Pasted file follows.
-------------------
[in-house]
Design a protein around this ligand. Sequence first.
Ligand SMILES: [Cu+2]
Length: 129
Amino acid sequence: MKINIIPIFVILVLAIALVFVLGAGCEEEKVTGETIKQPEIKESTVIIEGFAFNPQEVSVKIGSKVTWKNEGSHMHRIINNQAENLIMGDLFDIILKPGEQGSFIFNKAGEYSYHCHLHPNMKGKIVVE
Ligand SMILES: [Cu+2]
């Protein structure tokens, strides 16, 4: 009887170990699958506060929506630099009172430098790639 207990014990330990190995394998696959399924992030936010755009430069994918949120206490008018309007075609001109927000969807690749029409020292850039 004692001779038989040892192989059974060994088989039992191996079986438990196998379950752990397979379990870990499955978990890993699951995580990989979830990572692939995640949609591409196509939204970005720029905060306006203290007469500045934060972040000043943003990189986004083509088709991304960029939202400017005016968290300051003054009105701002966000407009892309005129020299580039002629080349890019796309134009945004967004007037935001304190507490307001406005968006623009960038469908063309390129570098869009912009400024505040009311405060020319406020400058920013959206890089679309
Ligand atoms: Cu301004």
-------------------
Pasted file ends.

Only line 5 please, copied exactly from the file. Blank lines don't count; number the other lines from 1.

Amino acid sequence: MKINIIPIFVILVLAIALVFVLGAGCEEEKVTGETIKQPEIKESTVIIEGFAFNPQEVSVKIGSKVTWKNEGSHMHRIINNQAENLIMGDLFDIILKPGEQGSFIFNKAGEYSYHCHLHPNMKGKIVVE